The Windjammer Cafe and main dining room were the busiest all-inclusive options. My daily go-to was the Aquadome food hall, with made-to-order crepes and a Greek food stand. Another favorite of mine was Pier 7, a restaurant in Surfside that served raw tuna Buddha bowls, mango-lime shrimp toast, and other dishes.

Meals at specialty restaurants, such as Giovanni’s Italian Kitchen and Hooked Seafood, cost extra or are included in some food and beverage packages ranging from $9.99 to $115 per day. Reservations are recommended.

The Empire Supper Club offers an eight-course meal accompanied by cocktails. For $200, the tasting menu included Wagyu prime rib, rabbit and sea bass with parsnip and red beet.

Cabin prices, which recently increased due to high demand, range from $2,699 per person for an indoor cabin to more than $100,000 for a three-story townhouse with an indoor slide and backyard. Some homestays have connecting rooms and large terraces.

Although it was only 204 square feet, my ocean balcony room didn’t feel crowded thanks to the minimalist design and views.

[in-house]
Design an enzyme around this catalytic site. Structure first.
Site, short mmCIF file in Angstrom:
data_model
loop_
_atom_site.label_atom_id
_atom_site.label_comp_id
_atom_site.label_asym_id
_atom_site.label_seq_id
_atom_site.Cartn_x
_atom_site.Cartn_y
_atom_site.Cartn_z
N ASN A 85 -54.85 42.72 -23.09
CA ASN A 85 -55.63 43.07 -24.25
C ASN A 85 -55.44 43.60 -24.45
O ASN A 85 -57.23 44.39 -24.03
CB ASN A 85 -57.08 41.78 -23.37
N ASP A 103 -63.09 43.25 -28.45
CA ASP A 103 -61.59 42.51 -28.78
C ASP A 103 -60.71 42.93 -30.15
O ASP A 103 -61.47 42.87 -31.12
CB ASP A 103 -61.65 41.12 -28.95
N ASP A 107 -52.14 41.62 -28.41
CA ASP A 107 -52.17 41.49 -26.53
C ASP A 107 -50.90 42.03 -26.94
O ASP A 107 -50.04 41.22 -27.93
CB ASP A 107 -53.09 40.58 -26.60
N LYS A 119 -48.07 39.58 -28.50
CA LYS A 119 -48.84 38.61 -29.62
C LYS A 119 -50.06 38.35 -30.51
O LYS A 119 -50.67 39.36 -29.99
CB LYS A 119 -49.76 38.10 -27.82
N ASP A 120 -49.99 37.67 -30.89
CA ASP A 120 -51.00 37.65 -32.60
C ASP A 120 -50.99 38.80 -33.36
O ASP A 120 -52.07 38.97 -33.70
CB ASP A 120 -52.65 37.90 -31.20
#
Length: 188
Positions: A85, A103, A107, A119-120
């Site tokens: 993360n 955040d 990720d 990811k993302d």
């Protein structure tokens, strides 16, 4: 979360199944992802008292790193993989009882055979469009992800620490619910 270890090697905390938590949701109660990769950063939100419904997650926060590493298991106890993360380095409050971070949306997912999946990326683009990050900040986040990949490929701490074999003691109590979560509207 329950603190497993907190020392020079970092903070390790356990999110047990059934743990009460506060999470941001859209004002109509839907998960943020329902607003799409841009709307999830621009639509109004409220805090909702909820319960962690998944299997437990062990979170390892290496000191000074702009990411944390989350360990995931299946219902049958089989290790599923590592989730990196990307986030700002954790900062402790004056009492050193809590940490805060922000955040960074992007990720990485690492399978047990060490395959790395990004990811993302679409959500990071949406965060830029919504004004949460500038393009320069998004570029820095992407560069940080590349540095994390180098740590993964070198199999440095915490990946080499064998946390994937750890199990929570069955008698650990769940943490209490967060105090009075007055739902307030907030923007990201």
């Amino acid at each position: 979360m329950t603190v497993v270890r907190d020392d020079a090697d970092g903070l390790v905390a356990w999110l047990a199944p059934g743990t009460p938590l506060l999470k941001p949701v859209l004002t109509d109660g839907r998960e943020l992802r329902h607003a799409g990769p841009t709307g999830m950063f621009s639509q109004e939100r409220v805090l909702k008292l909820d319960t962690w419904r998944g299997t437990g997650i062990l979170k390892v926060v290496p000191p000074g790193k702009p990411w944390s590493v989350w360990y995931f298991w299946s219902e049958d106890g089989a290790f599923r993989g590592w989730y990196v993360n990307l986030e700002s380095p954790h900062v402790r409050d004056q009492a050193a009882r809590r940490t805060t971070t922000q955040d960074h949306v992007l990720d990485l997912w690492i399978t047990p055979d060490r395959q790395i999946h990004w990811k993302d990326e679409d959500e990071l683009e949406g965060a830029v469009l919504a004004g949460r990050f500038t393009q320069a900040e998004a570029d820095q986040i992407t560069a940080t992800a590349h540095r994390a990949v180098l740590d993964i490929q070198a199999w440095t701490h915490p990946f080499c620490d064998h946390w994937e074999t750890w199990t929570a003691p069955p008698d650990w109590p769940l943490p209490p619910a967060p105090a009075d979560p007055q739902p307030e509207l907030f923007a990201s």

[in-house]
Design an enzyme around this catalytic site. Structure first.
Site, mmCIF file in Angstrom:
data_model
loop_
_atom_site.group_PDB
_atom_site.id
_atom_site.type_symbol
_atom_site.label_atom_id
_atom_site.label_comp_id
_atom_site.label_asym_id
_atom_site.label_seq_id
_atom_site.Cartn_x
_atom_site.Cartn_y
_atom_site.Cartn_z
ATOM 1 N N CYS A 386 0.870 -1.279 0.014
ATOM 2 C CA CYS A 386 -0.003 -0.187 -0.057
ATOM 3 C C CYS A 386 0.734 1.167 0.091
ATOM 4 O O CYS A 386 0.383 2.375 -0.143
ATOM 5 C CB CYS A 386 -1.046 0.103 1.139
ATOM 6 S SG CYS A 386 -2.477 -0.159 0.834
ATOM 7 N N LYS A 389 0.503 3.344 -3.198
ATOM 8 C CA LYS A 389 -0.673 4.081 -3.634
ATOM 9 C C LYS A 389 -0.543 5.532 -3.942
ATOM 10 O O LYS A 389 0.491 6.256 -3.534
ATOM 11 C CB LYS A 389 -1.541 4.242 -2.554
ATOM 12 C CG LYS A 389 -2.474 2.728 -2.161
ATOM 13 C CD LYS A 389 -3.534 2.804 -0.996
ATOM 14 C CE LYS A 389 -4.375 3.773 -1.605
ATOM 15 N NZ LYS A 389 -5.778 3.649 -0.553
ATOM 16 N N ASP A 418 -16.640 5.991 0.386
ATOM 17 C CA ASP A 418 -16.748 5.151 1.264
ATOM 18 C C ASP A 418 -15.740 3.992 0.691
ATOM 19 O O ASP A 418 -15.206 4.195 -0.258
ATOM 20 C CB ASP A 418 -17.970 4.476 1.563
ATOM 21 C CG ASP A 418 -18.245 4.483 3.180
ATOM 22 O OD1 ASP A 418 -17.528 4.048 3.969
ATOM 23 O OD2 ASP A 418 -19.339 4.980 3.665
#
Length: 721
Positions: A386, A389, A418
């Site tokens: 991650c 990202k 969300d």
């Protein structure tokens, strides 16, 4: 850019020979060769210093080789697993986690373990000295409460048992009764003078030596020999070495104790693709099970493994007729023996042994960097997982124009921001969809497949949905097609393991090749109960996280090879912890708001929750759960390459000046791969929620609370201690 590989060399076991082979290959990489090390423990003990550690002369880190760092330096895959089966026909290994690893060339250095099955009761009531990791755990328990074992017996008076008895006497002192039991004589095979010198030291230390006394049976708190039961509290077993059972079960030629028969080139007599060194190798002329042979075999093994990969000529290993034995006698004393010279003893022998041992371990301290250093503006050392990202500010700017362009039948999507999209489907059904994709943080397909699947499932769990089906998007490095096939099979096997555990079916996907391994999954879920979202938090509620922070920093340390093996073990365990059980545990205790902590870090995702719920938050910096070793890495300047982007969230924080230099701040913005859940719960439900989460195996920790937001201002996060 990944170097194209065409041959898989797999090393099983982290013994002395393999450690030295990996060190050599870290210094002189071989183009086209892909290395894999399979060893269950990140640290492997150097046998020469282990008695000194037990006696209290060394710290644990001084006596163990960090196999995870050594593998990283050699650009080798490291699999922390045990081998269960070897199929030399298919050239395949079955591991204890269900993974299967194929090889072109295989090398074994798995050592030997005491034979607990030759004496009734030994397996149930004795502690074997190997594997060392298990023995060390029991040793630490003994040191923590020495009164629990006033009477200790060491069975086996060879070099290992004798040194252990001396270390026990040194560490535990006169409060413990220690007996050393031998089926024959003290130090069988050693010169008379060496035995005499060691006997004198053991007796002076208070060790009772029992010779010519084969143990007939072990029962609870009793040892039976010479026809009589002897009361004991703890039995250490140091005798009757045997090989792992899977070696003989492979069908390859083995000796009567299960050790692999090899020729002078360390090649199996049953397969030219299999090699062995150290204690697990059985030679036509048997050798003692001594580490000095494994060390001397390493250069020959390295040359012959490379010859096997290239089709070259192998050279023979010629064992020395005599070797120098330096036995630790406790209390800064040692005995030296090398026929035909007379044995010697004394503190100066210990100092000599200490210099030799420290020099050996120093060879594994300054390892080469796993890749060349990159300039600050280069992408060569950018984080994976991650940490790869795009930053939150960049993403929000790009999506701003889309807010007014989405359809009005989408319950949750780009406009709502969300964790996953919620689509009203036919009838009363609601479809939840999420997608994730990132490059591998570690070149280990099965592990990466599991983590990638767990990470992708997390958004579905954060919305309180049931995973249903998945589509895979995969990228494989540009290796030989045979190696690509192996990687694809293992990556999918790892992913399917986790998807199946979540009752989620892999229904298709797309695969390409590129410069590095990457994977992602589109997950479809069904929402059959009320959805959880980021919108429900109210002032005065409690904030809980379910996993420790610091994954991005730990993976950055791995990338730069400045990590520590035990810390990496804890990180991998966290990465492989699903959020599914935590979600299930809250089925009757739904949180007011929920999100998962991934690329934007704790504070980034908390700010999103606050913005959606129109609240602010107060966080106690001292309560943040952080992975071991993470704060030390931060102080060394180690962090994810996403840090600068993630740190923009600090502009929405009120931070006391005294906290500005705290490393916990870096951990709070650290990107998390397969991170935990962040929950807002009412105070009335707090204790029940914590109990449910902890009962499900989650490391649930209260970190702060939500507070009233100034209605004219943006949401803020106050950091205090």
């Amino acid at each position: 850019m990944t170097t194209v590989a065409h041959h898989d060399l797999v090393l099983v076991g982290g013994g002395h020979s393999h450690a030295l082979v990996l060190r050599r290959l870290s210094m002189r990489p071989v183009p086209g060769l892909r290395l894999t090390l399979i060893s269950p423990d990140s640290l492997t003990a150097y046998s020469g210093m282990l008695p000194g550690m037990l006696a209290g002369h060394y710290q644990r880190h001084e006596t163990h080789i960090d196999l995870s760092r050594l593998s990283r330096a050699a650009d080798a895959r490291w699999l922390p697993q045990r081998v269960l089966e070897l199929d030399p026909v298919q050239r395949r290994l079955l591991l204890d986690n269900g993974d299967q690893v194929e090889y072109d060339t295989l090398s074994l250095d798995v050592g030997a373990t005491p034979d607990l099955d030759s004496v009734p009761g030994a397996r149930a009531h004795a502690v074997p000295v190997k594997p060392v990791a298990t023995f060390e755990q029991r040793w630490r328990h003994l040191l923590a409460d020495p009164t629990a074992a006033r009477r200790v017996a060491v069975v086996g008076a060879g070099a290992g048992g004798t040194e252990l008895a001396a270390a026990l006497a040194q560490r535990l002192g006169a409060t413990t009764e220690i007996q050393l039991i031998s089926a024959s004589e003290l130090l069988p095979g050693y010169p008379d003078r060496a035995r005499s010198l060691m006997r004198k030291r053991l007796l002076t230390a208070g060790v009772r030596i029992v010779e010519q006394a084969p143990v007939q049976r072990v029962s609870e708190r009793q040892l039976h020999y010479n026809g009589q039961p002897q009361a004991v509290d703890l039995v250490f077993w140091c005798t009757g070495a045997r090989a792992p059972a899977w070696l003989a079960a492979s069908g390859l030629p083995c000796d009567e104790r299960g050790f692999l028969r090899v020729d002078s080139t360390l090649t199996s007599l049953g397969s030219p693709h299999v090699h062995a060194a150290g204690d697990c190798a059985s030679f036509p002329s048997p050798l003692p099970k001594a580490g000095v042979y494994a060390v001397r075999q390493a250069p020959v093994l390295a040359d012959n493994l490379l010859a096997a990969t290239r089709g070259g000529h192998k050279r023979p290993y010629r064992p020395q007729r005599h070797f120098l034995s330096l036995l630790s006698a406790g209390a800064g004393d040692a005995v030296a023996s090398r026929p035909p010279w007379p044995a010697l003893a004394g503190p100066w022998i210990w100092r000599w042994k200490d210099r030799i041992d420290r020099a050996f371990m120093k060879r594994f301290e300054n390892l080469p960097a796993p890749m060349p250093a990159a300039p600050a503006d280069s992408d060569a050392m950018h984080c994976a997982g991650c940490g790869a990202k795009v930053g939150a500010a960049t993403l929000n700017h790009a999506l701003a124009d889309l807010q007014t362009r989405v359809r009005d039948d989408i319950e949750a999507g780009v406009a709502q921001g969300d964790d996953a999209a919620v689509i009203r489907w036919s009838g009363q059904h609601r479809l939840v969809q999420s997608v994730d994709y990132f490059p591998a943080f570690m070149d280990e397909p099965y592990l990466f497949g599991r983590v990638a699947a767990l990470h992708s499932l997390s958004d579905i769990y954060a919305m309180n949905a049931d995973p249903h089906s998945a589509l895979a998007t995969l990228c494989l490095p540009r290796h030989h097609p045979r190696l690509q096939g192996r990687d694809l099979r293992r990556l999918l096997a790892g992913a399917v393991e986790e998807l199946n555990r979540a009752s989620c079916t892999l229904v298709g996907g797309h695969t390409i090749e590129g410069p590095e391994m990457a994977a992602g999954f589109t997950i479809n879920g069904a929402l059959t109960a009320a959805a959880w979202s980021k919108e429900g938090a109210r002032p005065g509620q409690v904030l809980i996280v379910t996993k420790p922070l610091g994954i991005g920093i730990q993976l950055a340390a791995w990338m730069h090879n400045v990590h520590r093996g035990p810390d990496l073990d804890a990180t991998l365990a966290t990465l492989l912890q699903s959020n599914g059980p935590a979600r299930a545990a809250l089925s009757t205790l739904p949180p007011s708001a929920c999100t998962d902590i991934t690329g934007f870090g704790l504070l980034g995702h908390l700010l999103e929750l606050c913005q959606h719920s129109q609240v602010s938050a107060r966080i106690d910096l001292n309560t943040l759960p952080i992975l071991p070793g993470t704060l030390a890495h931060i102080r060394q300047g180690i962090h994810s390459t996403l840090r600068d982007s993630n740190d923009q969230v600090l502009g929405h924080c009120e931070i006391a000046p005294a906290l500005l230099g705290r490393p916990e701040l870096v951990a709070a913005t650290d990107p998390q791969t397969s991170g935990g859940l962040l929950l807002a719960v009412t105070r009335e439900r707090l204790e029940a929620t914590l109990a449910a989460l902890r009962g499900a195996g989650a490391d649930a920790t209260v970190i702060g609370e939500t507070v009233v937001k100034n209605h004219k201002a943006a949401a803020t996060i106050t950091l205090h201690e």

Royal Caribbean says it set a new standard for sustainability with this ship, installing advanced water and waste treatment systems, among other features. But some environmental groups say building a ship this size is not compatible with the cruise industry’s long-term sustainability goals.

On board, I saw staff sorting through trash to remove stray items for recycling, and single-use plastic seemed to be minimal; Passengers were provided with reusable cups at beverage stations.

I was taken by surprise that the water slides remained on, even after they were closed to riders. It seemed like an unnecessary waste of energy. (Royal Caribbean did not respond to a request for comment.)

Passengers I spoke to didn’t seem overly concerned about the ship’s potential to harm the environment, with some arguing that land and air travel aren’t climate friendly either.

Our seven-night itinerary began with two days at sea. The first stop was on the 4th in Basseterre, the capital of St. Kitts and Nevis. Excursions ranged from a hike up Mount Liamuiga to a food and rum tour, with prices ranging from $39 to $249. I chose a boating and snorkeling excursion ($155) and enjoyed the secluded bay, but the beach was crowded and touristy.

One excursion anticipated by Ms. Foxx, the federal prosecutor and others was Coco Cay, Royal Caribbean’s private island. When I asked about her visit (I called later because she had to disembark before the excursion), Mrs. Foxx said that her children loved the slides and snorkeling.

And would you sail on the Icon of the Seas again?

“Yes, but it could wait a little,” she replied. “I want everyone to have a chance to try it.”